The chairs were scattered across the patio, and the table umbrella was open to shade us from the hot sun. The refrigerator was full of picnic foods, and my family members were about to arrive.

We had been leading up to this day for nearly three weeks now, and the anticipation had been building. Today was the last day before Tim left for Basic Training. Would this be one of the last wonderful memories we would have? What would it be like to have a brother in the Army Infantry? What will become of him? Where will he end up? Iraq? Afghanistan?

All of these thoughts flooded my brain as I went about the normal preparations for a backyard party. I felt distracted, and conflicted. I'm incredibly proud of my precious brother, but yet, I'm decidedly fearful of his new found choice. Perhaps that is my own fear? Tim is entirely resolute in his decision. Perhaps I need to remember that?

My parents became adults during the Vietnam-era, and those times were etched into their memories. It influenced their upbringing of me and my siblings. My mother's high school boyfriend died in Vietnam during his second tour. His helicopter was shot down. Mom later met my dad, and he joined the National Guard in an effort to control some of his own destiny. His draft number would have sent him directly to Vietnam. Perhaps my parents' influence is what puts me in fear of having a brother as a soldier?

Dad was a soldier, though. He served in the Army Reserves for seven years. Why can't I get past this? Perhaps it is because of what my father described of his years of service? I'm not sure why I'm so conflicted? Perhaps it is because Tim's future seems so uncertain to me? His safety will not be secure. Having two children with Alpha-1 has shown me how incredibly fragile life is. Why would Tim choose to put his life in danger on purpose? Some would say he is incredibly brave or patriotic. I know he is brave, but he is also my dear baby brother patriotic or not.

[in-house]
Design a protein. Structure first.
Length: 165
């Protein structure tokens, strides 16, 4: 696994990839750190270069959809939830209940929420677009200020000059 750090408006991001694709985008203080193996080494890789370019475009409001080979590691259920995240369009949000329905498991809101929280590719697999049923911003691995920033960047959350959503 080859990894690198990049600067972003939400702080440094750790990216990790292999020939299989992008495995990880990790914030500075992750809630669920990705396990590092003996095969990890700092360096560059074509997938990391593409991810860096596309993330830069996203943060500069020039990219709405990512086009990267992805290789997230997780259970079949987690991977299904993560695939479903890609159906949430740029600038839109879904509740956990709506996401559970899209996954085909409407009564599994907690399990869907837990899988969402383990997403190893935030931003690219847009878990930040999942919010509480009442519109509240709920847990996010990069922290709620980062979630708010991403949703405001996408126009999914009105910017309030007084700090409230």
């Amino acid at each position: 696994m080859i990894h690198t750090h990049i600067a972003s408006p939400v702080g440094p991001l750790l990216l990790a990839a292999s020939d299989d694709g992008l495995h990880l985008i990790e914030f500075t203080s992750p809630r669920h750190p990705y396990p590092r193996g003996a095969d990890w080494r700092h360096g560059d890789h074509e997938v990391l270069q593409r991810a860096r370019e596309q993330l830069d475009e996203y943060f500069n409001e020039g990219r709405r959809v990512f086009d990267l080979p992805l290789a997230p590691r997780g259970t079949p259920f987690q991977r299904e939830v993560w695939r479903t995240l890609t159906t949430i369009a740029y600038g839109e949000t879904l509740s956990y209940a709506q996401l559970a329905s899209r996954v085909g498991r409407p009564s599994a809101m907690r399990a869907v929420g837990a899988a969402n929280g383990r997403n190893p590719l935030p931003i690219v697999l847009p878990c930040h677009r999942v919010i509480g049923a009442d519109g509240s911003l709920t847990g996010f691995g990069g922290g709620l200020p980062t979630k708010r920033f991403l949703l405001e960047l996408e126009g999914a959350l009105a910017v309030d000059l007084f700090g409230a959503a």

My fears kept drifting in and out as I prepared for the picnic. As my two brothers and two sisters arrived, we began the party just like any normal family gathering except that this was a send off party for Tim. Mom had flown in from California. Dad and his wife stayed home, but would be in town tomorrow. I was disappointed we all couldn't be together. I just wanted one more time with my entire family. For me, it was important to show Tim that we were united in our support of him.

It was a beautiful day. Flowers decorated my yard. Dragonflies and butterflies flitted and hovered about. But what made this day so glowingly beautiful is how I felt in my heart. The girls played with their cousins. My mom told stories. Charlie and Bob played a lawn game. We ate good food. My siblings and I teased "Timmy" as we have done for years.

"Timmy, you're in the Army now!"

With a Cheshire grin on his face, Matt asked, "Tim, so are you going to call me a civilian now? Cuz if you are, I'm going to open up a can of civilian whoop arse on ya." We all giggled in response. For me, it was a nervous giggle. I wondered if anyone else felt as I did.

Grace pulled me to the side and whispered, "Mom, is Timmy going to die?"

"Grace, I don't think we should think that way. We need to know that God is going to take care of Timmy. We need to believe that God will do what is best for Timmy. We need to believe that Timmy will be safe. Can you do that? It is important to keep good thoughts for Timmy."

Meghan overheard our conversation and joined in with, "Yeah, Grace. God is always in our hearts. He is in Timmy's heart." My eyes pooled with tears as she said that. How could my 4 year old have figured this out so well? Meghan is so much more enlightened than me using an adult's logic. Tim serves as her Godfather, and I think Meghan is connected to his soul in a different way than I am. Perhaps God was speaking through Meghan? My love for Tim often blinds me.

We enjoyed the day, and I didn't want it to come to an end. My daily life calls me back to the routine, but I resist in writing this entry. I soak up the moments, hoping this won't be the last of our whole family get togethers for quite a long time.

Thursday, July 10, 2008

Ever have one of those days...

Ever have one of those moments where you feel like you've bitten off more than you can chew

I'm tired and overwhelmed by Grace's upcoming surgery, Timmy going off to basic training, my job projects, volunteer activities, and family obligations. I know that this too shall pass, but can a girl get a break for a change